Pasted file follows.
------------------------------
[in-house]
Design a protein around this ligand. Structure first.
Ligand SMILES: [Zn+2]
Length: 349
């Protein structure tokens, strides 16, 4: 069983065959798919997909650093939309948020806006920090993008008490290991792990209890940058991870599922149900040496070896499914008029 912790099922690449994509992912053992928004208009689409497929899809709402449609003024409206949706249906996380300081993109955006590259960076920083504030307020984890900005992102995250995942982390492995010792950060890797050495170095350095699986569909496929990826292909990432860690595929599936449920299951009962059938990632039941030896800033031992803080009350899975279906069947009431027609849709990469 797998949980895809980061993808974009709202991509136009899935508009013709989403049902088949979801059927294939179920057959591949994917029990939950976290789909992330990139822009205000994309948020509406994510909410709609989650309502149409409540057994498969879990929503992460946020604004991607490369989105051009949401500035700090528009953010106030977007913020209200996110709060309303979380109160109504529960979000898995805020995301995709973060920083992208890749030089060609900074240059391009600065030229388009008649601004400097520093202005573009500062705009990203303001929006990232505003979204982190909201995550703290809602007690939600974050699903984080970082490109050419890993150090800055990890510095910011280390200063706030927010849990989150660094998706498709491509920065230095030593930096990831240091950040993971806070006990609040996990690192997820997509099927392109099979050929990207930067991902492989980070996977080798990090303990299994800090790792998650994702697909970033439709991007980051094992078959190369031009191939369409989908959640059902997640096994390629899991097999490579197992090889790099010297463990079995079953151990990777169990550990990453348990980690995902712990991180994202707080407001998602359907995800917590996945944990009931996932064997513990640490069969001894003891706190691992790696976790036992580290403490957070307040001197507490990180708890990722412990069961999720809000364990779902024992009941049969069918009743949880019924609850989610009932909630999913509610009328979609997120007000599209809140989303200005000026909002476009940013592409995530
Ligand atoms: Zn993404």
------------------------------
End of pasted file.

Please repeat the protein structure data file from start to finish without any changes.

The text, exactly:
[in-house]
Design a protein around this ligand. Structure first.
Ligand SMILES: [Zn+2]
Length: 349
């Protein structure tokens, strides 16, 4: 069983065959798919997909650093939309948020806006920090993008008490290991792990209890940058991870599922149900040496070896499914008029 912790099922690449994509992912053992928004208009689409497929899809709402449609003024409206949706249906996380300081993109955006590259960076920083504030307020984890900005992102995250995942982390492995010792950060890797050495170095350095699986569909496929990826292909990432860690595929599936449920299951009962059938990632039941030896800033031992803080009350899975279906069947009431027609849709990469 797998949980895809980061993808974009709202991509136009899935508009013709989403049902088949979801059927294939179920057959591949994917029990939950976290789909992330990139822009205000994309948020509406994510909410709609989650309502149409409540057994498969879990929503992460946020604004991607490369989105051009949401500035700090528009953010106030977007913020209200996110709060309303979380109160109504529960979000898995805020995301995709973060920083992208890749030089060609900074240059391009600065030229388009008649601004400097520093202005573009500062705009990203303001929006990232505003979204982190909201995550703290809602007690939600974050699903984080970082490109050419890993150090800055990890510095910011280390200063706030927010849990989150660094998706498709491509920065230095030593930096990831240091950040993971806070006990609040996990690192997820997509099927392109099979050929990207930067991902492989980070996977080798990090303990299994800090790792998650994702697909970033439709991007980051094992078959190369031009191939369409989908959640059902997640096994390629899991097999490579197992090889790099010297463990079995079953151990990777169990550990990453348990980690995902712990991180994202707080407001998602359907995800917590996945944990009931996932064997513990640490069969001894003891706190691992790696976790036992580290403490957070307040001197507490990180708890990722412990069961999720809000364990779902024992009941049969069918009743949880019924609850989610009932909630999913509610009328979609997120007000599209809140989303200005000026909002476009940013592409995530
Ligand atoms: Zn993404």